Sometimes artists cannot take a large fee from their own project although they can benefit in other ways.  Sometimes people use Permitted Work, sometimes they work on their project as a volunteer and have limits around the time they can spend on it and the direct expenses they can draw downWe’ve also worked with some people who have chosen to come off benefits for a short period of time while they deliver a project and then move back on. It’s a tricky area but one in which we have experience. We are mindful to balance supporting artists and to ensure we (and they) don’t break the law. 

Access to Work is a government scheme providing funds to cover access support costs for disabled people in paid work. If you volunteer, you can’t usually access this support. Do check out the guide on Disability Arts Online to find out more. 

If you are applying to ACE, some of the costs that might be funded through Access to Work can also be included as ‘Personal access costs’ in your budget. This could include interpreters, support workers, or other adjustments you need to manage and deliver the project (but not audience access costs). If you are confident of securing Access to Work funding, you can include this in your income budget. If you’re not sure about this, it’s probably best to include these costs in your funding request from ACE. Personal access costs are not included when ACE considers the funding request amount. (So, for instance, if you apply for £16,000 of which £1,200 is for Personal Access Costs, ACE would treat this as an application for under £15,000.) 

Match making – can you match make writer/directors with venues or visual artists with galleries or any one with producers?  

Sadly, neither ACE or Unlimited has the capacity to do this for people applying for funds.   

Unlimited does do this, to a small extent, with shortlisted artistsWe have an allies network of over 300 venues, festivals and organisations.  If there’s particular organisations we know that we think that might suit your project we would talk to them at that stage to see if they had any capacity to talk with you to help strengthen your full application. But its dependant on them having space and time which we can’t guarantee. 

It is worth looking at ACE’s network of NPOs to see if any of them might be able to help. Many have ambitions to support artists.  

Can we buy equipment with grants? 

Yes, but what both funders will look for is that you’ve considered value for money and that the equipment that you’re buying is proportionate to the activity that you’re wanting to deliver. It might be that it would be cheaper for you to hire it rather than buy itfor instance, or that someone else locally has what you need.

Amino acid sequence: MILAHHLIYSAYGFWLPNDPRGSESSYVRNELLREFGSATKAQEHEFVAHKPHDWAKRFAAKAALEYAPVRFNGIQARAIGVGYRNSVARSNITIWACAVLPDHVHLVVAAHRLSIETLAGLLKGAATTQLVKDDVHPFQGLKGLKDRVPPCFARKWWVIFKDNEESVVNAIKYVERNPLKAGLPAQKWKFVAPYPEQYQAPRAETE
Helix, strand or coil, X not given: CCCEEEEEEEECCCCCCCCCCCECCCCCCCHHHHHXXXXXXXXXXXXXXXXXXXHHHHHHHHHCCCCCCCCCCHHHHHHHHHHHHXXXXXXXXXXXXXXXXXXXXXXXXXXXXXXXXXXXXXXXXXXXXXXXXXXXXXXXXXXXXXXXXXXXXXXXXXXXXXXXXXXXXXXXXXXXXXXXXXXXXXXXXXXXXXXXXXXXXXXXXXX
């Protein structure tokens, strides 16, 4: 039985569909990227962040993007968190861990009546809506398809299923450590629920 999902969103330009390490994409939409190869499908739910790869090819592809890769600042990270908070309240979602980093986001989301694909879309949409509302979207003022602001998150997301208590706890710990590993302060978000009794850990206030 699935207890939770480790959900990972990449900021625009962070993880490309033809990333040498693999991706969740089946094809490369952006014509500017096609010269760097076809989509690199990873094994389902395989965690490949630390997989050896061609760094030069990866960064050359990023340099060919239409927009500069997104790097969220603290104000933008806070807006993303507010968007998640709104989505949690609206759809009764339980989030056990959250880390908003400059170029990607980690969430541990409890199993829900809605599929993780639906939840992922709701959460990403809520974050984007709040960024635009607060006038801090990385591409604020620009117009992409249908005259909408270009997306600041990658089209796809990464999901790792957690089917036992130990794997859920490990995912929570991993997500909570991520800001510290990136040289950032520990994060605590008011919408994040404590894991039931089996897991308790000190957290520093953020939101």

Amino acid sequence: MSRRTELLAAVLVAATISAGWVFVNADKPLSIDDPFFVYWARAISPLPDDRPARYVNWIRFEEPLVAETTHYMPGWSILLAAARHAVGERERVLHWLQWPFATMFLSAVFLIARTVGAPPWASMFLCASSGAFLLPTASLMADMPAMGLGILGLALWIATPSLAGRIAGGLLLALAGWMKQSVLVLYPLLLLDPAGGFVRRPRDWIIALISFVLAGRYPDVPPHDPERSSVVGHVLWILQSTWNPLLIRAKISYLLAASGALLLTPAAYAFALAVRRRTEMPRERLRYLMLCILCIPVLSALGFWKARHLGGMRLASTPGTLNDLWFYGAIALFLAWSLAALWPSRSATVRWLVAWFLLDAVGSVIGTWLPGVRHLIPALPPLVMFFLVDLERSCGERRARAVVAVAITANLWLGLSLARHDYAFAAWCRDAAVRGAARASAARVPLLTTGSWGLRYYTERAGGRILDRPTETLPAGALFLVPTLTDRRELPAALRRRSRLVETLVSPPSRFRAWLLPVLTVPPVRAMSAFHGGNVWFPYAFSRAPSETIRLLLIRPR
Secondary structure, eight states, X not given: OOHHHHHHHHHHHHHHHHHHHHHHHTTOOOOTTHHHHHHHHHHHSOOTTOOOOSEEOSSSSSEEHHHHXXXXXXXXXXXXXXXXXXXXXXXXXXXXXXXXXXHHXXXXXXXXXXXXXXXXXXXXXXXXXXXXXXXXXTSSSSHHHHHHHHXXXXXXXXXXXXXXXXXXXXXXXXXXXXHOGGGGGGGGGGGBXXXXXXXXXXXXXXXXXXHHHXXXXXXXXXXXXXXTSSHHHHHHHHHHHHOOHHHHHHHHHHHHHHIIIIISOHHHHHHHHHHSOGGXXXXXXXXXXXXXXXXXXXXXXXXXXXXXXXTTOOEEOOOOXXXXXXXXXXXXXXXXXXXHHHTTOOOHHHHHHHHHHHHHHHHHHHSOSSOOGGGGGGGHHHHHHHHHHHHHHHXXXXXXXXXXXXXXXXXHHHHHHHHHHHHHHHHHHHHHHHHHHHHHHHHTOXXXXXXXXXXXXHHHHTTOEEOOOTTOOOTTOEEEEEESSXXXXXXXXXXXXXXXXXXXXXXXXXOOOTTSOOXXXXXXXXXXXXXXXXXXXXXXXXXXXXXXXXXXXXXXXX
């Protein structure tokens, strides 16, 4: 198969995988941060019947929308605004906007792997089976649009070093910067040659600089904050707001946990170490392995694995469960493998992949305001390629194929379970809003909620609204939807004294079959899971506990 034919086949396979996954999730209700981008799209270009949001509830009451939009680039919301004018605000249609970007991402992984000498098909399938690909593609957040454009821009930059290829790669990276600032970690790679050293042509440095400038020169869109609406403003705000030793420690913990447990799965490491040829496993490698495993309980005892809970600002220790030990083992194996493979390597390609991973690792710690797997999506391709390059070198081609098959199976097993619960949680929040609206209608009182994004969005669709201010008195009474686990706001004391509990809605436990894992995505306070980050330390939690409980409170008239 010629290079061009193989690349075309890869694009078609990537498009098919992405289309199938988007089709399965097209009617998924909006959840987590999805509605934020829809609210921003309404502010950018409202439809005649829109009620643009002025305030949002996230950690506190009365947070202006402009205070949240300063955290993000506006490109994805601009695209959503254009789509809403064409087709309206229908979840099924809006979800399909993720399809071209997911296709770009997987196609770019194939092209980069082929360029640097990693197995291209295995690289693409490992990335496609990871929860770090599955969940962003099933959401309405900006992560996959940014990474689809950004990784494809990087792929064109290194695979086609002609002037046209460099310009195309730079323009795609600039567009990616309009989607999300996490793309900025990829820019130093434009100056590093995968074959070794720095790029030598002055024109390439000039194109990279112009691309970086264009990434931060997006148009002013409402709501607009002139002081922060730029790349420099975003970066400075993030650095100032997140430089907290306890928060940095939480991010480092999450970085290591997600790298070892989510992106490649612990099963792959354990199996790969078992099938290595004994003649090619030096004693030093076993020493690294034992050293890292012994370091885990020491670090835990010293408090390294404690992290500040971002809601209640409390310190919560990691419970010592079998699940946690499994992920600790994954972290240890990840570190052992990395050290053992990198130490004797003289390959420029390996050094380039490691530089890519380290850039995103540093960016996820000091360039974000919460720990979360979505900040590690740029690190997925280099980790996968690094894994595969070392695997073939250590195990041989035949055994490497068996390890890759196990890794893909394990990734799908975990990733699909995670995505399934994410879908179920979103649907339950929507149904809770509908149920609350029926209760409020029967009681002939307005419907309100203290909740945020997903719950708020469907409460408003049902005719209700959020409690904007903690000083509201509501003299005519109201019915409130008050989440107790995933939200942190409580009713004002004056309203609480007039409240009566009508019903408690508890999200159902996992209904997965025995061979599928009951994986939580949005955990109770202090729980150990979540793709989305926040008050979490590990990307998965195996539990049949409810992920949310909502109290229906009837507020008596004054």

“If you’re going to buy it, then maybe talk a little bit about what the long-term impact of having that equipment will be for you as an artist, or maybe there will be some other artists that you might be able to share that equipment with.  

Do you fund older/younger/LBGTQIA+/ etc artists?  

Both ACE and Unlimited fund a wide range of artists – and both publish data that shows the range of artists gaining support.  

ACE’s can be found here.

Unlimited’s can be found here.

How do I work out what to budget, especially in relation to costing my time?  

Budgeting for a project is a skill in itself. In Unlimited’s archives there is a useful blog on starting out with budgets which might be a good starting point. Working out what to charge in relation to artists fees is a complex area.  

We don’t advise you how much to pay yourself or to pay other people, we can’t because then we become legally complicity in the project but we do want to see you paid so it’s up to you as an individual to set what your hourly rate or your daily rate is. 

There is a fair pay guide on the ACE website which talks through issues linked to pay and lists, for example, the Independent Theatre Council and the Writers Guild which both publish a list of rates that you might want to think about. It varies from art form to art form.   

Quite often people think that they are making their applications better by reducing the amount of money that they themselves as an artist get, but they are not. What you’re showing is that you don’t value your own worth. It’s often aeasy thing to reduce your own fee to make a budget balance, but it’s not helpful, because it shows us that you don’t take your own work seriously. 

How do I get access support to help me make an application? 

The process is slightly different for ACE and for Unlimited. 

ACE has a range of resources in alternative formats on their website – there’s films and videos, with BSL interpretation and captions, large print and some audio, and easy read info.   

If you have an access need that might mean you need the support of a support worker in order to either access the advice or make the application, then ACE can cover the cost of that support worker, whether or not you end up applying. All you need to do is e-mail, with “access” or “access support” in your subject header. Please give some information on the barrier that you face and the support that you might need. You will also have to know who could provide that support, and how much that might cost. It is then a conversation to determine what ACE will cover.  

For Unlimited, similarly, it’s a conversation. Just email telling us what barriers you are experiencing and we’ll arrange support with you and agree the costs we can cover. 

That’s our top ten Q and A’s – but you may have other questions 

For ACE, check out their ‘three steps to applying’ page here. For Unlimited you can email or phone 07506 679968, or wait for our Question and Answer day on social media which will run from 10am-5pm on 22 September across both Twitter and Instagram.